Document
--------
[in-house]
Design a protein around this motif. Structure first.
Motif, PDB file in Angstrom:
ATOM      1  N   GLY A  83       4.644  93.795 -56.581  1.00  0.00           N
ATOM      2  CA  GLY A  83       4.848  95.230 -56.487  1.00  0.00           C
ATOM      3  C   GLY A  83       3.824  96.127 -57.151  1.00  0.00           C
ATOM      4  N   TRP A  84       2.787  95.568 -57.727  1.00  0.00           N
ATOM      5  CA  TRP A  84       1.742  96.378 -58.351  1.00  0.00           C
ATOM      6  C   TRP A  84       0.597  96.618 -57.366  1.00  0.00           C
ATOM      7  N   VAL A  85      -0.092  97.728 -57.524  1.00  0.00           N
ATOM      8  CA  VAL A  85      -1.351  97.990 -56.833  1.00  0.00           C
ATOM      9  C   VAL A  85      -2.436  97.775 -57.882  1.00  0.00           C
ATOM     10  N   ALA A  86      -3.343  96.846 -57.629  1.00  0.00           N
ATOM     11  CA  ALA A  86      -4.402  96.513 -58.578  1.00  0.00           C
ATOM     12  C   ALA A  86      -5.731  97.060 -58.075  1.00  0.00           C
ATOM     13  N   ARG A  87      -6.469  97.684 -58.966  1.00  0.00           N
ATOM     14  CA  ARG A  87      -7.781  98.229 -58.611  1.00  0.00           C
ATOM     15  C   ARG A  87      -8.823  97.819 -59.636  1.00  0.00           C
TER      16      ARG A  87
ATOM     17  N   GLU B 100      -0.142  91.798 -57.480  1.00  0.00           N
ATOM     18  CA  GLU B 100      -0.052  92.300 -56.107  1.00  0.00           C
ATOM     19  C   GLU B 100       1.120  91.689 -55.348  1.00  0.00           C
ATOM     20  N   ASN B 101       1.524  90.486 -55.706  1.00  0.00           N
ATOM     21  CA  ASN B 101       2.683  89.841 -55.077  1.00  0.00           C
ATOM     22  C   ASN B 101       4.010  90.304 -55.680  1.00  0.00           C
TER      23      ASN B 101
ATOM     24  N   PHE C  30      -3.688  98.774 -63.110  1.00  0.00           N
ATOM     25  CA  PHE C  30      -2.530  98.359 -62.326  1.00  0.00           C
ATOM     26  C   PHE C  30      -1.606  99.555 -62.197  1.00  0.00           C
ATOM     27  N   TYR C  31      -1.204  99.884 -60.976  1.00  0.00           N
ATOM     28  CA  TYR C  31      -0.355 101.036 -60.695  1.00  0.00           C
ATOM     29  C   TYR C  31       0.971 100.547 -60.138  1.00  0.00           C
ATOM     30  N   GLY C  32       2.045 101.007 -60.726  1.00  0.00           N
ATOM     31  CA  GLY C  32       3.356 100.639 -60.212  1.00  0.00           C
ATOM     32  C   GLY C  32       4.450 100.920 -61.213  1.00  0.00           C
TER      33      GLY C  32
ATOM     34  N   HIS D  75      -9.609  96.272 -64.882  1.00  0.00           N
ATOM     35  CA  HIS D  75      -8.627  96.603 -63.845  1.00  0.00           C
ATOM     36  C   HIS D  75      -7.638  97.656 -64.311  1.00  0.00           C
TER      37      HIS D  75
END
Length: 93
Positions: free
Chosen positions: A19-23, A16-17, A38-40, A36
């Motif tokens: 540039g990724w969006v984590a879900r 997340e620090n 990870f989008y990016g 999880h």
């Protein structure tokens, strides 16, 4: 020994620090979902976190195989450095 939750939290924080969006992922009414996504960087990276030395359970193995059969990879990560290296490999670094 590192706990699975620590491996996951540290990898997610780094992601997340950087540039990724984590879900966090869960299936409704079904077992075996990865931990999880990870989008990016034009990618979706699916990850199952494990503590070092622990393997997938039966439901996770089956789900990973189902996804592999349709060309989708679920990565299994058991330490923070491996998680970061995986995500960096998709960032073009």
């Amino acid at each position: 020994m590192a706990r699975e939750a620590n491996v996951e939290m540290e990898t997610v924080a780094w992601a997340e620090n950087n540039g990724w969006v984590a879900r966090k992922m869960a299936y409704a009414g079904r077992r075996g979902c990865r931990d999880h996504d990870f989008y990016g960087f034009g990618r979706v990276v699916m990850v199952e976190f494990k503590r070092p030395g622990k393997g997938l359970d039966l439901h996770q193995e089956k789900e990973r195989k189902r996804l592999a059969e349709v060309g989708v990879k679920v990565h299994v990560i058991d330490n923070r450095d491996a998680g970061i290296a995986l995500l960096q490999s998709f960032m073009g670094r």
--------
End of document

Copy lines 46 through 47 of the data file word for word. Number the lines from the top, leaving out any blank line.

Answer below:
């Protein structure tokens, strides 16, 4: 020994620090979902976190195989450095 939750939290924080969006992922009414996504960087990276030395359970193995059969990879990560290296490999670094 590192706990699975620590491996996951540290990898997610780094992601997340950087540039990724984590879900966090869960299936409704079904077992075996990865931990999880990870989008990016034009990618979706699916990850199952494990503590070092622990393997997938039966439901996770089956789900990973189902996804592999349709060309989708679920990565299994058991330490923070491996998680970061995986995500960096998709960032073009």
């Amino acid at each position: 020994m590192a706990r699975e939750a620590n491996v996951e939290m540290e990898t997610v924080a780094w992601a997340e620090n950087n540039g990724w969006v984590a879900r966090k992922m869960a299936y409704a009414g079904r077992r075996g979902c990865r931990d999880h996504d990870f989008y990016g960087f034009g990618r979706v990276v699916m990850v199952e976190f494990k503590r070092p030395g622990k393997g997938l359970d039966l439901h996770q193995e089956k789900e990973r195989k189902r996804l592999a059969e349709v060309g989708v990879k679920v990565h299994v990560i058991d330490n923070r450095d491996a998680g970061i290296a995986l995500l960096q490999s998709f960032m073009g670094r």